For the OQLF, a recognised trademark is a registered trademark. However, there is no mention in the act that a recognised trademark must be registered. Thus, the absence of a trademark registration may not necessarily be an obstacle to the application of the relevant statutory exemption. This, however, was challenged in the past by Québec authorities and may be further challenged because a corporate name or trade name is considered as a distinct legal concept from that of the trademark and is therefore subject to a different set of rules.
Some brand owners chose to register a French version of their trademark for use in the province of Québec. ‘Staples’ became ‘Bureau en gros’; ‘Shoppers Drugmart’ is ‘Pharmaprix’. This choice is often made because trademarks in French allow for a better connection with the consuming public who do not speak English. The majority of brand owners decided to keep their non-French trademarks.
"The general rule is that when a French version does not exist, the use of the non-French recognised trademark is accepted by the OQLF."
The general rule is that when a French version does not exist, the use of the non-French recognised trademark is accepted by the OQLF. But, when a French version exists, it needs to be used in Québec.
In 2016, the Québec government announced amendments to the Regulations. Business owners will need to display a generic term or description of the products or services, a slogan or any other indication in French beside the non-French trademark as long as it is permanent, visible, legible and illuminated (when the non-French trademark is illuminated). The amended Regulations are intended to ensure that French trademarks are displayed in the immediate vicinity of non- French trademarks and have equal impact.
Existing businesses will have until November 2019 to comply with the Regulations. This amendment will allow brand owners to maintain the integrity of their non-French trademarks while complying with the requirements of the amended Regulations.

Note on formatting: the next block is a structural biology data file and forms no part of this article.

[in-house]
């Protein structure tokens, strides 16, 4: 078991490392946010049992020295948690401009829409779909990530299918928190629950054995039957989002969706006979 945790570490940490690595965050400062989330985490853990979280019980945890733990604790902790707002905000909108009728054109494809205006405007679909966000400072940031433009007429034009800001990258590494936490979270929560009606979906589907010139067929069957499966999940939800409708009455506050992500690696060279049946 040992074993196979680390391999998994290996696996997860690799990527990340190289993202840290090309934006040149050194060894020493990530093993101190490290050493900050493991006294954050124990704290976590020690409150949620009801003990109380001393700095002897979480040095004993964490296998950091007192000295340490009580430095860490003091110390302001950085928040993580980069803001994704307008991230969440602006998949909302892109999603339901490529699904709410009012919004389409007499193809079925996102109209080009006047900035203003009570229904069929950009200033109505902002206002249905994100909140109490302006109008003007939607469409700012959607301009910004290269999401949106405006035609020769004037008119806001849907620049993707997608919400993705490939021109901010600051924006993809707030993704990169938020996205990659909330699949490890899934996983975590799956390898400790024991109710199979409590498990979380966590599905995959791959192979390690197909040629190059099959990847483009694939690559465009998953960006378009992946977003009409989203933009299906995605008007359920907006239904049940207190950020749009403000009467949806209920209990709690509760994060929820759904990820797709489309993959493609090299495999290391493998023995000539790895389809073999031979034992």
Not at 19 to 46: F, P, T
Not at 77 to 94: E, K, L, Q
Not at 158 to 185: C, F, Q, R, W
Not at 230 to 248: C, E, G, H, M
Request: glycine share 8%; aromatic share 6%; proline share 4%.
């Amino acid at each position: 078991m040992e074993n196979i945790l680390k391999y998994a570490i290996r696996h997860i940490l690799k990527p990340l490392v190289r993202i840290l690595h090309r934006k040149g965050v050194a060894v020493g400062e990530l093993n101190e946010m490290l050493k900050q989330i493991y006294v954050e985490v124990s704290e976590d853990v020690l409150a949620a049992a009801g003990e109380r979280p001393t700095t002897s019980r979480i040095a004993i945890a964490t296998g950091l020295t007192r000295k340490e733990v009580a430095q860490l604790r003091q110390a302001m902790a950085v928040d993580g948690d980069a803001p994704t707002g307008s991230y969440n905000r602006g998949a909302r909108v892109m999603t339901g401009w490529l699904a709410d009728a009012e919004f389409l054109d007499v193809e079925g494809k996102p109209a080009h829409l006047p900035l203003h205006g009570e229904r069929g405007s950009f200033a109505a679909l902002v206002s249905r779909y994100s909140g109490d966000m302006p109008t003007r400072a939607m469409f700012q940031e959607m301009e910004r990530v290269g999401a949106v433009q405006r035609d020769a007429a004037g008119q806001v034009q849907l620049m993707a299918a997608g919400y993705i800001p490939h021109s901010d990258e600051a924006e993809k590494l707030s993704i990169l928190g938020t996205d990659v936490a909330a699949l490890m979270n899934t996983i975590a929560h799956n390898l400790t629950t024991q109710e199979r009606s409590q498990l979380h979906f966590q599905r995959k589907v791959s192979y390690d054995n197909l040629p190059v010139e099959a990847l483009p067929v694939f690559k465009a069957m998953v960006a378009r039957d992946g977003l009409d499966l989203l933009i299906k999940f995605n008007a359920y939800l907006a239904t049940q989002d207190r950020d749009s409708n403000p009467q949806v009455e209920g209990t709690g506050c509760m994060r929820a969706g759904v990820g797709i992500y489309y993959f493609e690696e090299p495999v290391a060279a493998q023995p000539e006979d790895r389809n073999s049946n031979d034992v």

The French language rule also generally applies to inscriptions on products, labels, containers or wrappings offered for sale. Any commercial publication relating to products and services offered in Québec, such as catalogues and brochures, must be in French. Note that websites are considered to be a form of commercial publication.
The ruling and the amended Regulations provide further guidance on what is permitted by law, and where and how. In this sense, it gives much-needed breathing room to owners who wish to preserve the distinctive character of their brands.
Suzanne Antal is director, trademarks at Joli-Coeur Lacasse Avocats. She is a member of various committees of the Intellectual Property Institute of Canada and the TMAP committee at INTA. She is also a lecturer at the IPIC McGill summer courses. Her practice covers all aspects of trademark protection in Canada and internationally. She can be contacted at: firstname.lastname@example.org
Micheline Dessureault is director of the IP practice group at Joli-Coeur Lacasse Avocats. She graduated in law from Université Laval and is admitted to practise in Québec. Serving Canadian and foreign clients internationally for over 30 years, Dessureault acts as a speaker and expert for various organisations in IP and international commerce. She can be contacted at: email@example.com
Suzanne Antal, Micheline Dessureault, Joli-Coeur Lacasse Avocats, Multilingual trademarks, lingua franca